Hanan Yafai, An Advocate For Healing The World

Hanan Yafai speaking at Bridges For Yemen's film screening./Hanan Yafai

By Kate Dempsey


   Surviving and fleeing a war-torn home country, where millions are starving and struggling to survive, would be paralyzing for many. But not for Hanan Yafai, the president of Brooklyn College’s Bridges for Yemen club. Although she has experienced what has been called the “world’s worst humanitarian crisis” by the United Nations, existing through Yemen’s devastating civil war plagued by famine and civilian deaths, she has not let this trauma rule her. Instead, she uses it as fuel to help advocate for others going through the same.

   “There’s this quote that inspires my healing journey is that, ‘You are not the darkness you endured. You are the light that refused to surrender.’ It’s by John Green,” she said. “I believe that I am not what happened to me. I am what I choose to become. I choose that my emotional struggle has taught me not to yield and not to fold, rather to strive and lead.”

   Yafai and her family lived in the capital city of Sana’a, Yemen until 2017 when they fled to the country of Djibouti via boat through the Gulf of Aden, as no planes went directly to the United States. Compounding the difficulty of reaching the U.S. was the “Muslim ban” imposed by former President Donald Trump on those coming from Muslim-majority countries, which included Yemen.  

   “It was difficult on that long trip. I still remember it and it made me hate boats and everything. I still remember the smell of that day, the weather,” she said. “[Trump] listed Yemen as one of the countries to be banned from entering. And my dad was here making sure like all the paperwork is ready for us so we can come to the U.S. So we were kind of stuck, what’s gonna happen to us, like our destiny […] but ultimately, we were able to find safety and refuge in the U.S. and specifically New York.”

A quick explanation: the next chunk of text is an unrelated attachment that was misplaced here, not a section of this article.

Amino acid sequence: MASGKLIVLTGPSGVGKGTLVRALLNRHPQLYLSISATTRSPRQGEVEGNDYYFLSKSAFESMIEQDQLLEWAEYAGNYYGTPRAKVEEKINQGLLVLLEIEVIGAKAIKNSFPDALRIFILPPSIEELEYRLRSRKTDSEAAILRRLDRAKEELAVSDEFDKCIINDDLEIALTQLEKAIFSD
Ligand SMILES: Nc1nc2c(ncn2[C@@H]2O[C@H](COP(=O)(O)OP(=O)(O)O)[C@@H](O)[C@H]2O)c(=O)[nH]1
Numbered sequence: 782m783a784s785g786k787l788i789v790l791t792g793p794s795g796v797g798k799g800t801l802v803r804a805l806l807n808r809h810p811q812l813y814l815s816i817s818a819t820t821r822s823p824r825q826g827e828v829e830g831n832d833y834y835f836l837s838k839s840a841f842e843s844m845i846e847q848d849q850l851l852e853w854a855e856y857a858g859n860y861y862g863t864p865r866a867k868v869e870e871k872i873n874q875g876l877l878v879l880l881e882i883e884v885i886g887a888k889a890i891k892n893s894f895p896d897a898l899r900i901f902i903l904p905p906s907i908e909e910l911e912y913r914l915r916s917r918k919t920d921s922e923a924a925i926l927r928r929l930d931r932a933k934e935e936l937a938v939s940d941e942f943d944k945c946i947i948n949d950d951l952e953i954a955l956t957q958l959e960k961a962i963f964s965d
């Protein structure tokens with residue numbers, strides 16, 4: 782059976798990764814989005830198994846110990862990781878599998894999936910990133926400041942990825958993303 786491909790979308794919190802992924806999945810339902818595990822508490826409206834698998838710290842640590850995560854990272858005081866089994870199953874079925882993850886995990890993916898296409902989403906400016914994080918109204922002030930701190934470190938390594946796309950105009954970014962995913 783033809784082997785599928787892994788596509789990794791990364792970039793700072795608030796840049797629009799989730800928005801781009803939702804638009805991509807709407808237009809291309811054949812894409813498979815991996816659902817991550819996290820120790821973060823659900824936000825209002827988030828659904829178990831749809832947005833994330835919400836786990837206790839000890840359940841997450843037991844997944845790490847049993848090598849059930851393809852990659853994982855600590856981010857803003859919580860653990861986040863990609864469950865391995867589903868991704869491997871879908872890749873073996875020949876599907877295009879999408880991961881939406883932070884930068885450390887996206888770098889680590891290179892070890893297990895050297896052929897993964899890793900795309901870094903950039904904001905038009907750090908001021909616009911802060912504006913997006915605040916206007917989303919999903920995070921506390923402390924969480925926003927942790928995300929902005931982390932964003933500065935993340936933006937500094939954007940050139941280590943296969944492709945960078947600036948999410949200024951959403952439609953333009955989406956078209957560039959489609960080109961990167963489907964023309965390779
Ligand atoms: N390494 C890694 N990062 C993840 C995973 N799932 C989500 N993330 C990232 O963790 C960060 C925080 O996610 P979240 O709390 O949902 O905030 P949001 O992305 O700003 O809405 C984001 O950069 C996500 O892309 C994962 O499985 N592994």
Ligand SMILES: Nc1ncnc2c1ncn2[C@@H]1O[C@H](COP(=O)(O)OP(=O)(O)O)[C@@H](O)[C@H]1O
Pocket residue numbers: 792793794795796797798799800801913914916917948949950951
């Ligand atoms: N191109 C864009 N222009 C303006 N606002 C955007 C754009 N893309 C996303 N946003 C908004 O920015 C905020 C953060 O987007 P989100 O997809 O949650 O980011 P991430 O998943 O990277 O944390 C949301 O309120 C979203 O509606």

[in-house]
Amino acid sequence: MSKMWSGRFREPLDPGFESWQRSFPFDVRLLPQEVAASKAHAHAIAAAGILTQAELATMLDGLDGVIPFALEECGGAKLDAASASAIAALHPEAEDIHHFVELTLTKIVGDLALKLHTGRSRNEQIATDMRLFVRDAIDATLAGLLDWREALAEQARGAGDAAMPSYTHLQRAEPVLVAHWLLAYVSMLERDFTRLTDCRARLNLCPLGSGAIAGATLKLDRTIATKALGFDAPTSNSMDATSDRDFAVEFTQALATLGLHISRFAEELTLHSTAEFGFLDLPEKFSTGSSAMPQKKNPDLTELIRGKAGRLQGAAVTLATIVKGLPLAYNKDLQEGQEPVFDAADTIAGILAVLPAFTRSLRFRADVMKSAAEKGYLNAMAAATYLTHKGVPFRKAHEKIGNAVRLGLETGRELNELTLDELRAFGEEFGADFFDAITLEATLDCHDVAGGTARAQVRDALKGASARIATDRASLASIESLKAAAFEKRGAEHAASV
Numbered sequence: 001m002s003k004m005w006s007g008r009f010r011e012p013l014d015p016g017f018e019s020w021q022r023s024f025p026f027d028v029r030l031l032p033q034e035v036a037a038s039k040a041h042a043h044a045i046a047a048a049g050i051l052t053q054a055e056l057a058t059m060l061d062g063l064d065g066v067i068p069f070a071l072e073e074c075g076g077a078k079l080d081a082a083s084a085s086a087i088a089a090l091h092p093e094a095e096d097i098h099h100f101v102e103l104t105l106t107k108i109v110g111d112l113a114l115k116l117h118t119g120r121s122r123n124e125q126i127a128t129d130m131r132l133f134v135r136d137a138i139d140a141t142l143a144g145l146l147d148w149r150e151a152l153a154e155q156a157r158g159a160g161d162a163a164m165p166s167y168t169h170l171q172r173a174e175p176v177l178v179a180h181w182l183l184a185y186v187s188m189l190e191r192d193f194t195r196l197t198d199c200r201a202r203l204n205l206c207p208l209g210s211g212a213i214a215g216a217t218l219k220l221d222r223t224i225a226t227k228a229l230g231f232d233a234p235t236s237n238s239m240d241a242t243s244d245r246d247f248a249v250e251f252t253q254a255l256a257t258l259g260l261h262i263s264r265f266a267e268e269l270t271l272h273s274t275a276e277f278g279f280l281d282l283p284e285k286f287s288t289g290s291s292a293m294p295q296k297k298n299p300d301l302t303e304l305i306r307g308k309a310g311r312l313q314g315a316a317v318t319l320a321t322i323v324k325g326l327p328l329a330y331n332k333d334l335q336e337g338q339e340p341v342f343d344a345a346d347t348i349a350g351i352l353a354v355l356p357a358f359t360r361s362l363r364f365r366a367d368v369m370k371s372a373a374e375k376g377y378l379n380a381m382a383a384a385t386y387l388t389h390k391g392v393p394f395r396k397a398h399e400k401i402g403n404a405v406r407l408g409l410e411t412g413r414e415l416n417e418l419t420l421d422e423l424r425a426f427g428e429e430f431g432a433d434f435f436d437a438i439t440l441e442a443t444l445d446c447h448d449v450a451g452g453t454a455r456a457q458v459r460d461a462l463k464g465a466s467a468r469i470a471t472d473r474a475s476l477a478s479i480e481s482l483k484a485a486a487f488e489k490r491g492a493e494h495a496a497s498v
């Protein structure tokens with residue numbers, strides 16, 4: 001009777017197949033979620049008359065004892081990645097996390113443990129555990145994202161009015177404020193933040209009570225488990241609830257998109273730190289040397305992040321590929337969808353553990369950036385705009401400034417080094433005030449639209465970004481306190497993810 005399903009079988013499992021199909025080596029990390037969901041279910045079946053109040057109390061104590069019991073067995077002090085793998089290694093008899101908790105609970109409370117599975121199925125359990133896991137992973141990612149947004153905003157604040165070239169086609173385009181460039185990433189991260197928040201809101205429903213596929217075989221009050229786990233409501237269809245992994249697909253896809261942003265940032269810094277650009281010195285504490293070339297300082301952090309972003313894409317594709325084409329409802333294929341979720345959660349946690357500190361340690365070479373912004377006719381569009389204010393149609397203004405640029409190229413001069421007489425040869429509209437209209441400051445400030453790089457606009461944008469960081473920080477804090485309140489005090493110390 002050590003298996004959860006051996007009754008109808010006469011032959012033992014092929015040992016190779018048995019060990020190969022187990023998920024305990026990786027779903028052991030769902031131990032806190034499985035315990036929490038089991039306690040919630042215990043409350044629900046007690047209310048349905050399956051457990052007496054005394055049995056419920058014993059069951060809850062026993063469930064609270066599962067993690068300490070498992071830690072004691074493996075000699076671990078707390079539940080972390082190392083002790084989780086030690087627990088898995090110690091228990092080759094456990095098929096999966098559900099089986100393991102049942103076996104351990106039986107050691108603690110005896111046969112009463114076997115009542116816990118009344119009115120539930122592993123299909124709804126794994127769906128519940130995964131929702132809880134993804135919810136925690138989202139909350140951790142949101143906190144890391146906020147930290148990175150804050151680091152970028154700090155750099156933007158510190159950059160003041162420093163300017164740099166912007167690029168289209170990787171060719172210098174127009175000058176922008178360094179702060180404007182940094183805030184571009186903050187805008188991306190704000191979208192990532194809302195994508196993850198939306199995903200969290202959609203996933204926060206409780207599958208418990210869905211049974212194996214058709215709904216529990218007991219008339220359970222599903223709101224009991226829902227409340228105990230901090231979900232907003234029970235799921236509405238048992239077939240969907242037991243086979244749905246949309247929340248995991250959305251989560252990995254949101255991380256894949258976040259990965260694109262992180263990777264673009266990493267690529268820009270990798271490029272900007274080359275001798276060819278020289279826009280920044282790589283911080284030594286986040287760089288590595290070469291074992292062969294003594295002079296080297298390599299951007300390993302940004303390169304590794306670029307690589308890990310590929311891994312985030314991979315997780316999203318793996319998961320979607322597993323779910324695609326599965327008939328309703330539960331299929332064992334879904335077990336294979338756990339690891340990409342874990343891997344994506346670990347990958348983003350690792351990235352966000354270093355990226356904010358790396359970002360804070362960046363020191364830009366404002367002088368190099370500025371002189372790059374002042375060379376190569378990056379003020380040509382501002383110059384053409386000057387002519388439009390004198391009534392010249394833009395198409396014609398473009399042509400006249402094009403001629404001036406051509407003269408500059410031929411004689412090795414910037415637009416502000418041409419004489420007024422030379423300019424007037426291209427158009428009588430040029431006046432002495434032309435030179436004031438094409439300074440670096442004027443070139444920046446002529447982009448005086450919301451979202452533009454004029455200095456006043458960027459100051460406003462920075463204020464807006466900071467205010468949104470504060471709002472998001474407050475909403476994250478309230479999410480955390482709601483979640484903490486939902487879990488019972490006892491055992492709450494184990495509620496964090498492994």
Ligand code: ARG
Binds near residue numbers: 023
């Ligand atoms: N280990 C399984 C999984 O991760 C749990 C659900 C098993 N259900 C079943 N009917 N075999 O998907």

Her family faced many additional obstacles once in the U.S. There was a language barrier between Arabic and English, and most of her family was left behind in Yemen. Not only did they have to navigate New York City’s hustle culture and bustling streets, they had to also navigate their traumatic experience with the war at the same time. 

   Now a senior at Brooklyn College, Yafai has made strides in helping others who have also been impacted by the war. Founded by Yafai in January 2022, Bridges for Yemen has now become a tool for Yemeni-Americans at BC to find support and solidarity on campus. 

   “As someone who experienced this devastating effects of the conflict firsthand, I felt a strong sense of responsibility to do something to help my fellow Yemeni people. Our purpose is to cultivate sense of belonging with our Brooklyn College community,” said Yafai.

   Bridges for Yemen has held multiple events, including a screening of “Hunger Ward” and a Q&A with director Skye Fitzgerald, and a mental health awareness discussion inspired by Yafai’s own personal experience as well as through being a neuropsychology major.

   “I started to also discover a lot of things regarding psychology, mental health and then I realized that this is something if I feel the need as an individual, as a Yemeni American individual, I thought everyone in the community probably could relate in some sort, perhaps not saying it outloud. So I thought like, ‘Okay, I’m gonna take this opportunity and bring it into the Yemeni community,’” she said. 

   In addition to advocating for the destigmatization of mental health, Yafai has conducted neuroscience research in many realms of her field, such as bilingualism cognitive advantage under the CUNY Research Scholar Program, facial nerve regeneration with Dr. Mark Stewart Laboratory at SUNY Downstate, and studying depressive disorders at the Liston Lab at Weill Cornell University.

   Graduating this spring, Yafai will continue her neuropsychology research after BC, using it to help make a positive change in others and the world. She hopes with her advocate role that she can inspire others to believe that they can make a positive difference as well, no matter what challenges they have faced. 

   “I thought like with research I can benefit millions and billions of people and make a little difference. I believe in the power of education and advocacy to make change,” she said. “This is very important, to remember that never underestimate anything you do. I think every small action counts, and it’s going to make a difference in the lives of others.”


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